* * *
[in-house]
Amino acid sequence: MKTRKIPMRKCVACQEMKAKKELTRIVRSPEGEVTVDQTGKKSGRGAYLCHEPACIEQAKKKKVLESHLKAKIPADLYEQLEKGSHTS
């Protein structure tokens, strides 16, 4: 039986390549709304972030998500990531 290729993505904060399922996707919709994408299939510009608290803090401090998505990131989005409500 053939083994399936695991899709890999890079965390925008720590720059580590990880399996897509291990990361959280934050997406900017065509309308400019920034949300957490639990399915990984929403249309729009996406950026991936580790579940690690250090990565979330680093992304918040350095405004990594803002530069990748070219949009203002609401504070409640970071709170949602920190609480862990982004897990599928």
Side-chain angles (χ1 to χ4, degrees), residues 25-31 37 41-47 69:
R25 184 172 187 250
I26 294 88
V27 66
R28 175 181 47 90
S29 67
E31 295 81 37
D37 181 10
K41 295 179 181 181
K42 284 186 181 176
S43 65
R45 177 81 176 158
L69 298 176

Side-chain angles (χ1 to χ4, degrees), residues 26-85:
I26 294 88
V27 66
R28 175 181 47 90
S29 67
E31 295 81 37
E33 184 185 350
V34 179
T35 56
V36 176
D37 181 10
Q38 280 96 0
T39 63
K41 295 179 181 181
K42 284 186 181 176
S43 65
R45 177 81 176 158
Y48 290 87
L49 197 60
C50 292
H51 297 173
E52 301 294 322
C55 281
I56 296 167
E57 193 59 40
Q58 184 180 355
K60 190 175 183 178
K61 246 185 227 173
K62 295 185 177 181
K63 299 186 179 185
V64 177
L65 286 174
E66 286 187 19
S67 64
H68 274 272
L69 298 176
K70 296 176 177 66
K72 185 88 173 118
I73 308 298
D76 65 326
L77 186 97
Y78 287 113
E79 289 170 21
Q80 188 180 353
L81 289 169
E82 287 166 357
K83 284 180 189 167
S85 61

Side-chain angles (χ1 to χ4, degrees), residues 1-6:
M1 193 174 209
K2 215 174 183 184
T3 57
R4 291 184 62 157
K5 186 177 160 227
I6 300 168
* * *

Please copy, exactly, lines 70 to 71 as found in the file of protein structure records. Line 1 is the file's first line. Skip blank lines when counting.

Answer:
K5 186 177 160 227
I6 300 168